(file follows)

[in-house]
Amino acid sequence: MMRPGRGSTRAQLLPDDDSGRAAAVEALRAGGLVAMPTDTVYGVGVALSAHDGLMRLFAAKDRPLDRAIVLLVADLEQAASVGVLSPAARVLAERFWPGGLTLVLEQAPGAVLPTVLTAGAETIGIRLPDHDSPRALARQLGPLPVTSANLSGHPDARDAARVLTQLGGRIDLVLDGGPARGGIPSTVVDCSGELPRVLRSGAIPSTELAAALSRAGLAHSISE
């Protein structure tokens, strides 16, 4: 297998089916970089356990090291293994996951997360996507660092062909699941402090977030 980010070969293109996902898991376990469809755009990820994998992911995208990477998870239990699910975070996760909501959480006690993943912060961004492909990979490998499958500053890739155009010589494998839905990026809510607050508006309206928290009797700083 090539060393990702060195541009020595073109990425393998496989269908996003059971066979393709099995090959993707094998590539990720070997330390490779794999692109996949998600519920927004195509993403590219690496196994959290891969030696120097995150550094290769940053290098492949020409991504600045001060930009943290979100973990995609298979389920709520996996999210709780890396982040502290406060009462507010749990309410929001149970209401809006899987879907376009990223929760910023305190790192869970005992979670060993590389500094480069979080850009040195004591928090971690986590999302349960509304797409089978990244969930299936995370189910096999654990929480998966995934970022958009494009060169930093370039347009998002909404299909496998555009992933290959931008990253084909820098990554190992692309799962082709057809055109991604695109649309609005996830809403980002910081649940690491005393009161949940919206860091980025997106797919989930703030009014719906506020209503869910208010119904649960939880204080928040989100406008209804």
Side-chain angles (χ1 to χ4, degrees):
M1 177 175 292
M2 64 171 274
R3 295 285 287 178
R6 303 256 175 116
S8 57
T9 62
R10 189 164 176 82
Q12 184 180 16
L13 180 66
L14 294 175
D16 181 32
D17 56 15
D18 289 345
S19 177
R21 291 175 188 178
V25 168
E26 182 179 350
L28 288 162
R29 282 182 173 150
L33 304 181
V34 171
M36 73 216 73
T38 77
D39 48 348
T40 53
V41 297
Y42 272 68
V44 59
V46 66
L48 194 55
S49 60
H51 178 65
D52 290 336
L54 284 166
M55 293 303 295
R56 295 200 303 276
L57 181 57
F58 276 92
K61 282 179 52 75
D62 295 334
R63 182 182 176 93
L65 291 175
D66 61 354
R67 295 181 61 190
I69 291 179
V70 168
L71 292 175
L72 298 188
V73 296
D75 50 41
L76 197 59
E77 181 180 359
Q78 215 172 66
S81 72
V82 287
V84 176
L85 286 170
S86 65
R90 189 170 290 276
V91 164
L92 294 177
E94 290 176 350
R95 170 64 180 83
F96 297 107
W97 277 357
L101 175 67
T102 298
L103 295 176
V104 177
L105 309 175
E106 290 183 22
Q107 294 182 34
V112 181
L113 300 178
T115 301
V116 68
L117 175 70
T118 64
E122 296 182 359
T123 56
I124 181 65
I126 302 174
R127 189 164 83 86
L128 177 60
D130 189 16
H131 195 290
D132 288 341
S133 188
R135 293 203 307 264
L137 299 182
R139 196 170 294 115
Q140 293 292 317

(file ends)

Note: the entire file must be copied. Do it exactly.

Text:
[in-house]
Amino acid sequence: MMRPGRGSTRAQLLPDDDSGRAAAVEALRAGGLVAMPTDTVYGVGVALSAHDGLMRLFAAKDRPLDRAIVLLVADLEQAASVGVLSPAARVLAERFWPGGLTLVLEQAPGAVLPTVLTAGAETIGIRLPDHDSPRALARQLGPLPVTSANLSGHPDARDAARVLTQLGGRIDLVLDGGPARGGIPSTVVDCSGELPRVLRSGAIPSTELAAALSRAGLAHSISE
């Protein structure tokens, strides 16, 4: 297998089916970089356990090291293994996951997360996507660092062909699941402090977030 980010070969293109996902898991376990469809755009990820994998992911995208990477998870239990699910975070996760909501959480006690993943912060961004492909990979490998499958500053890739155009010589494998839905990026809510607050508006309206928290009797700083 090539060393990702060195541009020595073109990425393998496989269908996003059971066979393709099995090959993707094998590539990720070997330390490779794999692109996949998600519920927004195509993403590219690496196994959290891969030696120097995150550094290769940053290098492949020409991504600045001060930009943290979100973990995609298979389920709520996996999210709780890396982040502290406060009462507010749990309410929001149970209401809006899987879907376009990223929760910023305190790192869970005992979670060993590389500094480069979080850009040195004591928090971690986590999302349960509304797409089978990244969930299936995370189910096999654990929480998966995934970022958009494009060169930093370039347009998002909404299909496998555009992933290959931008990253084909820098990554190992692309799962082709057809055109991604695109649309609005996830809403980002910081649940690491005393009161949940919206860091980025997106797919989930703030009014719906506020209503869910208010119904649960939880204080928040989100406008209804």
Side-chain angles (χ1 to χ4, degrees):
M1 177 175 292
M2 64 171 274
R3 295 285 287 178
R6 303 256 175 116
S8 57
T9 62
R10 189 164 176 82
Q12 184 180 16
L13 180 66
L14 294 175
D16 181 32
D17 56 15
D18 289 345
S19 177
R21 291 175 188 178
V25 168
E26 182 179 350
L28 288 162
R29 282 182 173 150
L33 304 181
V34 171
M36 73 216 73
T38 77
D39 48 348
T40 53
V41 297
Y42 272 68
V44 59
V46 66
L48 194 55
S49 60
H51 178 65
D52 290 336
L54 284 166
M55 293 303 295
R56 295 200 303 276
L57 181 57
F58 276 92
K61 282 179 52 75
D62 295 334
R63 182 182 176 93
L65 291 175
D66 61 354
R67 295 181 61 190
I69 291 179
V70 168
L71 292 175
L72 298 188
V73 296
D75 50 41
L76 197 59
E77 181 180 359
Q78 215 172 66
S81 72
V82 287
V84 176
L85 286 170
S86 65
R90 189 170 290 276
V91 164
L92 294 177
E94 290 176 350
R95 170 64 180 83
F96 297 107
W97 277 357
L101 175 67
T102 298
L103 295 176
V104 177
L105 309 175
E106 290 183 22
Q107 294 182 34
V112 181
L113 300 178
T115 301
V116 68
L117 175 70
T118 64
E122 296 182 359
T123 56
I124 181 65
I126 302 174
R127 189 164 83 86
L128 177 60
D130 189 16
H131 195 290
D132 288 341
S133 188
R135 293 203 307 264
L137 299 182
R139 196 170 294 115
Q140 293 292 317